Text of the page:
Soundcheck: Yellow T-shirt.

Pre-gig interview: Nautical-looking horizontally striped long-sleeved top.

Gig: Dark shirt with white polka dots.

Keep your entourage, J.Lo; your floristry bills, Elton, and your rugby ball-sized diamonds, Missy Elliott. Truly authentic star quality is making three costume changes before you’ve even stepped on stage atthe Buffalo Bar.That’s right. The Buffalo Bar. As in living room-sized north London indie venue. As in capacity: enough to accommodate a medium-sized kids'birthday party.

Then again, to expect less from bubblegum punk megalomaniac Simon Love would be like asking Roman Abramovich to desist from being a multi-millionaire energy oligarch. It's just what he does.

Pennyblackmusic is not afraid to admit to feeling nervous meeting the Loves' notoriously perfectionist singer, songwriter and whip-cracker. This is the man whose battalion of sacked former bandmates number enough to form a Polyphonic Spree tribute band without having to recruit. And before he’s even walked through the door (an hour late – annoyingly due to heavy traffic rather than diva-fit reasons) his Freddy Krueger meets Pol Pot rep forms a shadowy welcoming committee.

Waiting at the venue, Loves bassist Danielle confirms matter of factly, "There’ve been 28 members of the Loves, including this line-up. Why? Because Simon’s such a nazi. I’ve known him for years and this is true: one New Year’s Eve we all went out and he smashed my head on a pavement..."

But before she can elaborate on this extreme management measure, Simon walks in and she legs it off to cart equipment in.

Soundcheck completed, Pennyblackmusic ushers Simon to the pub to explain himself. It soon, however, becomes clear he's sent an imposter in his place. This Simon Love emanates chilled-out calm as he quietly sips vodka and Coke. Surely the real Simon Love would be verbally eviscerating rivals, and band members current and past with the cruel precision of a newly sharpened ice pick by now.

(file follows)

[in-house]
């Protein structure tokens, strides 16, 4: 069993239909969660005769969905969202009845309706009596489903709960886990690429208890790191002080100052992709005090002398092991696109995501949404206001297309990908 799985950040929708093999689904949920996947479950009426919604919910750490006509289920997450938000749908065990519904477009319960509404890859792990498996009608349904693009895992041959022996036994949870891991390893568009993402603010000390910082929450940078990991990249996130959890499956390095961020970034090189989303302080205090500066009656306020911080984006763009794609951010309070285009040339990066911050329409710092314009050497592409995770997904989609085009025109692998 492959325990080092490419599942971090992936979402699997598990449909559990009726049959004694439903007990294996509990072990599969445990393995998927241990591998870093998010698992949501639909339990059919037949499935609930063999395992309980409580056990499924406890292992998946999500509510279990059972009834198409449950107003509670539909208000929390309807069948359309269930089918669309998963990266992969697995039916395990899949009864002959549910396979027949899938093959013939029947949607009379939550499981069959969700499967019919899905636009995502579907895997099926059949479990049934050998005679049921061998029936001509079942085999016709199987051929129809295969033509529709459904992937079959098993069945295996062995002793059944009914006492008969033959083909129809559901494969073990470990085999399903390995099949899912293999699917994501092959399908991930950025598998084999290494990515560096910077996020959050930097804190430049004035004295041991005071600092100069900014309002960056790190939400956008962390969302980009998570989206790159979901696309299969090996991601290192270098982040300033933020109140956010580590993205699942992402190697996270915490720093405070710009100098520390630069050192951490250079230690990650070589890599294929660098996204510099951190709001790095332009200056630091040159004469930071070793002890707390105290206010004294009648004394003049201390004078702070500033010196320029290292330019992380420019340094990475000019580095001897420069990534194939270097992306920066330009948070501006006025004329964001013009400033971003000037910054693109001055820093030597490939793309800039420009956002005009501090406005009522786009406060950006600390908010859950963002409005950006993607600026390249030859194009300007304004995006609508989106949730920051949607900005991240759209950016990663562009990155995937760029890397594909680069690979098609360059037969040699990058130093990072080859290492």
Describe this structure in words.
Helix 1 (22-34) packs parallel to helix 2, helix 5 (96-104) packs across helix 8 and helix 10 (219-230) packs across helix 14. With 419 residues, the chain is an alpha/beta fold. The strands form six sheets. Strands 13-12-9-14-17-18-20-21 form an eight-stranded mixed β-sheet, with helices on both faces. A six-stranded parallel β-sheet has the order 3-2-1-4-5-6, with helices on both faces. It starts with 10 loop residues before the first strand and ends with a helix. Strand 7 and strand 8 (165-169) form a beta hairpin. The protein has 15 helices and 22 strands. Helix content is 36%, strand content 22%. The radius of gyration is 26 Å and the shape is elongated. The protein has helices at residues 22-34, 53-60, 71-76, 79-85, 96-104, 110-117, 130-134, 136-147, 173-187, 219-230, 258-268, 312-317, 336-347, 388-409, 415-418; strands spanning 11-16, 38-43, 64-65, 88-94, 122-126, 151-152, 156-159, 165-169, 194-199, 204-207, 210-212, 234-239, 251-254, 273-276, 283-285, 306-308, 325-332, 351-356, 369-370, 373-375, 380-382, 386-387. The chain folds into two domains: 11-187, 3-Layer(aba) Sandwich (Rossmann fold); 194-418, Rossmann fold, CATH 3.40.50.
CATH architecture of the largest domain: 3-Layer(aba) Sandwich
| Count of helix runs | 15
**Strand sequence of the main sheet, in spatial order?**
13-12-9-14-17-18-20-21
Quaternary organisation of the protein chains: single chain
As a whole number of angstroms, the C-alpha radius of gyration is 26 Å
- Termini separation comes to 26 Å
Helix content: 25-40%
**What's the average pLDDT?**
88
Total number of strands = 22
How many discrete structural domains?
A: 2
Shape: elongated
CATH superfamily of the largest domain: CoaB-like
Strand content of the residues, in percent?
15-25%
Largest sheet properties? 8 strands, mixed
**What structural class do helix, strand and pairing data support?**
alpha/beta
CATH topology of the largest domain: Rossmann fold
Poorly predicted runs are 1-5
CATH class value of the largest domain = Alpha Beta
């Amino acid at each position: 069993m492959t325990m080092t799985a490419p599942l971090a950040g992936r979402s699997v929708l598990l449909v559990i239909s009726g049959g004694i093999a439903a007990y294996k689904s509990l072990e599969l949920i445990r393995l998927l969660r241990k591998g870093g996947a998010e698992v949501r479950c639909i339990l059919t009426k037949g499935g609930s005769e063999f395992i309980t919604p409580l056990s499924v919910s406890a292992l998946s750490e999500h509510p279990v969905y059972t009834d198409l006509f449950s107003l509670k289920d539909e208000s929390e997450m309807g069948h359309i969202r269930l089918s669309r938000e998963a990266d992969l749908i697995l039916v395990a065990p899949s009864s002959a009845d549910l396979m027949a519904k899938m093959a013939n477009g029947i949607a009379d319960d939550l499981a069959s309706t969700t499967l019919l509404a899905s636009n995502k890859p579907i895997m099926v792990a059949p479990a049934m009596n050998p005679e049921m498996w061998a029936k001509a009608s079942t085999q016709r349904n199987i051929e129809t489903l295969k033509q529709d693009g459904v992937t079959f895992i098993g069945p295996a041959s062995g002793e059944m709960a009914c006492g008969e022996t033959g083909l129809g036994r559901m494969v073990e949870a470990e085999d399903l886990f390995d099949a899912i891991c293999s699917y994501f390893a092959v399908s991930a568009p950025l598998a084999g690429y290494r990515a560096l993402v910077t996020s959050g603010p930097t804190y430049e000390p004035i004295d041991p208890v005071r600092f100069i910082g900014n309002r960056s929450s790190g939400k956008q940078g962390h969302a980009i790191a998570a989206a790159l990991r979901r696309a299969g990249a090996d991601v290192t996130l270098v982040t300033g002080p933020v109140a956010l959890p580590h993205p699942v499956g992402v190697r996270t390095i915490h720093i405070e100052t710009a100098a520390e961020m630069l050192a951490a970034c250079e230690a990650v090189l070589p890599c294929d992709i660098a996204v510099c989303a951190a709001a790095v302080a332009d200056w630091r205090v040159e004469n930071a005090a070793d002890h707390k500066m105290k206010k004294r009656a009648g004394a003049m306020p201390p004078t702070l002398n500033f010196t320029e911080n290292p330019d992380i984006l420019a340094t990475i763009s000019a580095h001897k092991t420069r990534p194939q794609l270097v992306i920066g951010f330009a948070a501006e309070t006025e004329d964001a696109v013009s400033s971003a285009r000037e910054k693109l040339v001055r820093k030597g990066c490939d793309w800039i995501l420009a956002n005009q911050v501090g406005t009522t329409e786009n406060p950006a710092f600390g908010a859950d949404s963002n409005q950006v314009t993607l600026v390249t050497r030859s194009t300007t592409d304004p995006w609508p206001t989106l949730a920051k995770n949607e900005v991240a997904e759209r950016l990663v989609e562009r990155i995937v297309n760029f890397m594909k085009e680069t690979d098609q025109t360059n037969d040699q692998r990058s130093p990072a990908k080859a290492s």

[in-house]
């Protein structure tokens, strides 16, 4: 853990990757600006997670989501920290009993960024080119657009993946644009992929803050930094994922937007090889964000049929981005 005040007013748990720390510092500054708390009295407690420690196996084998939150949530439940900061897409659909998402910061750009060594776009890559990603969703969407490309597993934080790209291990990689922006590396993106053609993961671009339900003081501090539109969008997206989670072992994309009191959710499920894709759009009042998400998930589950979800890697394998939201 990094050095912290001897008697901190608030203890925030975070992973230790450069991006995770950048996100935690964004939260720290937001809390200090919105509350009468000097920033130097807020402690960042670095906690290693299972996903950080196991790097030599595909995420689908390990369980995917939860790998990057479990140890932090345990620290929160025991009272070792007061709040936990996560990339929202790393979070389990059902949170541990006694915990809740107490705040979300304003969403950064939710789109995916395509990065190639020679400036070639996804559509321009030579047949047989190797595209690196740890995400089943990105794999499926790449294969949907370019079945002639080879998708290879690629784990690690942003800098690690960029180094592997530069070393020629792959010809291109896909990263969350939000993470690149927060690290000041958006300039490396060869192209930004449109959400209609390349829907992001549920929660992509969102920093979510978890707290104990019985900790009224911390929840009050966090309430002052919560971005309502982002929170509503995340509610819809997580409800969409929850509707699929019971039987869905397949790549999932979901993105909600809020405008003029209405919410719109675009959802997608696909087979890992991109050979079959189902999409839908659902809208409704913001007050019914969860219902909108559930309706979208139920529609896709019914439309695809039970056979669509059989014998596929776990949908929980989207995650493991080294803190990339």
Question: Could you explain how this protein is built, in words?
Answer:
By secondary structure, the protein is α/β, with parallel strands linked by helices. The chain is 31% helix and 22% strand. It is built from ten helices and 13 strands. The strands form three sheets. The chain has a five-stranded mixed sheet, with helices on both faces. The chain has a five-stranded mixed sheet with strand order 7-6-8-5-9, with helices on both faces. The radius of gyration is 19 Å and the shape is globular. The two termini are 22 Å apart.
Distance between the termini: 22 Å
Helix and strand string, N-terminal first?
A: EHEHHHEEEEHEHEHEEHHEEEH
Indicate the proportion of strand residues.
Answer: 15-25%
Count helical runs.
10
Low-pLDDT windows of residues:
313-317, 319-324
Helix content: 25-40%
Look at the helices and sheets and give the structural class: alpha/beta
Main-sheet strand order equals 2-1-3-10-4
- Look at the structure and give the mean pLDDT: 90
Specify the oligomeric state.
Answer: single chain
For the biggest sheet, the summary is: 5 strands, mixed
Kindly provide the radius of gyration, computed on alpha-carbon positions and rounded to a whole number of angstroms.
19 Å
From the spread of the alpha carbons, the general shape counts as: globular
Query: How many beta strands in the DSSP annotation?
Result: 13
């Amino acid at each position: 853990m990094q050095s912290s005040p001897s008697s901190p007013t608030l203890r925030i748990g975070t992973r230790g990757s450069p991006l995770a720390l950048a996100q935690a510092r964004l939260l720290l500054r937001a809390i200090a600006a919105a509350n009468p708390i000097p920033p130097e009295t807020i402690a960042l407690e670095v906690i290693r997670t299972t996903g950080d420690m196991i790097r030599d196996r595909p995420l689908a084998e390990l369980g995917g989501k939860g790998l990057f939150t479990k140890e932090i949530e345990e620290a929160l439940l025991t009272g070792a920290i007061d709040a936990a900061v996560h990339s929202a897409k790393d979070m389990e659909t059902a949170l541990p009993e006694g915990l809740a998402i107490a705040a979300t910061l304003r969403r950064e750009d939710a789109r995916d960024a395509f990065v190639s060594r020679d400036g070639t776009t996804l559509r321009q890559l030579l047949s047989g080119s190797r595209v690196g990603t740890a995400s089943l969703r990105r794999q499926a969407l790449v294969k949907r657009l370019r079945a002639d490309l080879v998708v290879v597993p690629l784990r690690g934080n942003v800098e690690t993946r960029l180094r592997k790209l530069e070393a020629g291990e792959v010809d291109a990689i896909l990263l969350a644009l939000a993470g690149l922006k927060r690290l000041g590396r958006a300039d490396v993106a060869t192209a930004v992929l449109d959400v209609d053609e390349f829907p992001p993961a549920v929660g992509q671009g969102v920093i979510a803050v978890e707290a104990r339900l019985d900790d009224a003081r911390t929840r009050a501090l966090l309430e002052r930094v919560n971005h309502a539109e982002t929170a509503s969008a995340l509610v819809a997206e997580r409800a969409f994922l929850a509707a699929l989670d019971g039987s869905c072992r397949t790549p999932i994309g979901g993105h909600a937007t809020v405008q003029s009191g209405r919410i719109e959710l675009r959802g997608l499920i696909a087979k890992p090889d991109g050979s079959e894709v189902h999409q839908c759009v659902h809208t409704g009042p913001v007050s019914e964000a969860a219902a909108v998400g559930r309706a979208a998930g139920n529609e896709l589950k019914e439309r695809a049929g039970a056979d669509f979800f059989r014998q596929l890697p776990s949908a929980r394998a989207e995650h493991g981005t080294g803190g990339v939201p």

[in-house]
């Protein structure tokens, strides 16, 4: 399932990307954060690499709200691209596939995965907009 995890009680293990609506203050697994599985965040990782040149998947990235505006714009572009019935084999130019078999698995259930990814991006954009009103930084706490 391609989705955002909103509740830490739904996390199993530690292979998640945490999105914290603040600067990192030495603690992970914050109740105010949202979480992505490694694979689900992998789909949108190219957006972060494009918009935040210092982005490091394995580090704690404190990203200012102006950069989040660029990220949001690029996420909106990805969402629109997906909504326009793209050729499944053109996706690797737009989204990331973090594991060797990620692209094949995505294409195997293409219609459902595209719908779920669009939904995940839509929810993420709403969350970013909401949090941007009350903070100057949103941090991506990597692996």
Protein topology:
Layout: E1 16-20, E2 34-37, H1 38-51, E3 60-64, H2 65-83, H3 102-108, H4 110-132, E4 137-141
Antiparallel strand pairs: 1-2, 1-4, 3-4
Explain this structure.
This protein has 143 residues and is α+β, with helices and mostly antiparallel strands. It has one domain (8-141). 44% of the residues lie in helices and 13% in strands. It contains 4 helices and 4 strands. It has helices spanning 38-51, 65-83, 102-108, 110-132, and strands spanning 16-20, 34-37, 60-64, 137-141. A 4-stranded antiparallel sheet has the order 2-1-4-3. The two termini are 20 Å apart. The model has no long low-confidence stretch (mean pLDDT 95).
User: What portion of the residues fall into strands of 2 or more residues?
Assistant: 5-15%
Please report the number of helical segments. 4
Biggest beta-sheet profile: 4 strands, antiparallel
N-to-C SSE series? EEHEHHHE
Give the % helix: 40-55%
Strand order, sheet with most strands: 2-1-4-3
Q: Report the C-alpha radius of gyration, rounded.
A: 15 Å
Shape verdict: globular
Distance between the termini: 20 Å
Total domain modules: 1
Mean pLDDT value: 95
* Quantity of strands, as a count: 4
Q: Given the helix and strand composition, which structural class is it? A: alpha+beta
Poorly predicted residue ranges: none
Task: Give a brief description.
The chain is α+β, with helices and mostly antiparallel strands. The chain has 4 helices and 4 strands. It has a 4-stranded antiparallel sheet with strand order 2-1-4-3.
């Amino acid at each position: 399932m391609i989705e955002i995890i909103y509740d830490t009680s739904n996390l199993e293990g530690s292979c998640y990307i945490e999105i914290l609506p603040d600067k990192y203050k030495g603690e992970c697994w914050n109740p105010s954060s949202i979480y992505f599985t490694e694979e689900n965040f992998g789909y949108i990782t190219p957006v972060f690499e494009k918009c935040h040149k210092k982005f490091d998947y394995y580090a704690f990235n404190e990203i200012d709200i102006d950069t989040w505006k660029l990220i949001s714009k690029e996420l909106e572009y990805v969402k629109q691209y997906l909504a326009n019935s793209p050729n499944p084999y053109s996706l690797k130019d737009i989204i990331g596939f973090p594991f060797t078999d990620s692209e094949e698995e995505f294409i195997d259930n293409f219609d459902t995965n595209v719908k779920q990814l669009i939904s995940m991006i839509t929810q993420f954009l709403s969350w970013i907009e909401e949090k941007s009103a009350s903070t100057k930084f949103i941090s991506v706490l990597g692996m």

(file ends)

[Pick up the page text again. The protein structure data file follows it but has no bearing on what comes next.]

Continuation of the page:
"I’m not a very nice person. I don’t suffer fools gladly. I know how I want things to be. And I’m jealous of [fellow Cardiff scenesters] Los Campesinos !I got asked to help edit one of their videos and I said no."

…Aah. Our mistake.

Identity issues ‘bracingly’ quashed, Simon warms to the subject of disharmony by listing recent Loves spats: "There was a big hoo-ha when I caught Liz yawning in rehearsal. We had to sack our guitarist in February, and our drummer left about the same time. The guitarist put this great big rant about me on his MySpace page."

"I don’t know...[when new people join] it all starts really well and then it goes really bad really fast. But saying that, I don’t make any money doing this. I do it for fun. So if I’m not having any fun..."

Erm, we get the picture.

If you know anything of the Loves, chances are it’s down to their fizzbomb of a debut album, Love, released in 2004; their backstage dramas, or Simon’s‘Welsh Mark E Smith’ appellation. And, most probably, all three.

"They are," declares Danielle, "One man’s musical vision."

"I write all the songs," agrees Simon. "And I say how everything should be."

An incendiary mix of Madonna-esque ambition, messianic belief in pure pop, and a small nuclear device, Simon began his musical odyssey aged seven with the purchase of Ray Parker Jr’s 'Ghostbusters' on seven inch, and soon graduated on to his dad’s Beatles singles. Fast forward several years and he was treading water in "a band like The Spaceman Three – we were proper two-chord droning and we were really bad. We rehearsed for a year and we didn’t get any better. The height of our career was blowing an amp in a club."

In 2000 he had an epiphany and formed the Loves in his parents’ garage, with the intention of making as one the output of the Monkees and the Velvet Undergound.

"With the Loves we made a conscious decision to do everything quickly. We’d write a song one night then record it or play it at a gig the next day."

"Quickly" ? More like hyper speed.

Enthused, Simon sent a tape to BBC Wales, with instant success. "They must’ve liked it. They had to put it onto another format to play it on the radio." A record deal soon followed and, soon after, patronage from John Peel and acclaimed support dates with the Yeah Yeah Yeahs. By early 2003 the band found themselves playing at the New York New Music Seminar with Meg White in the audience and the world at their feet.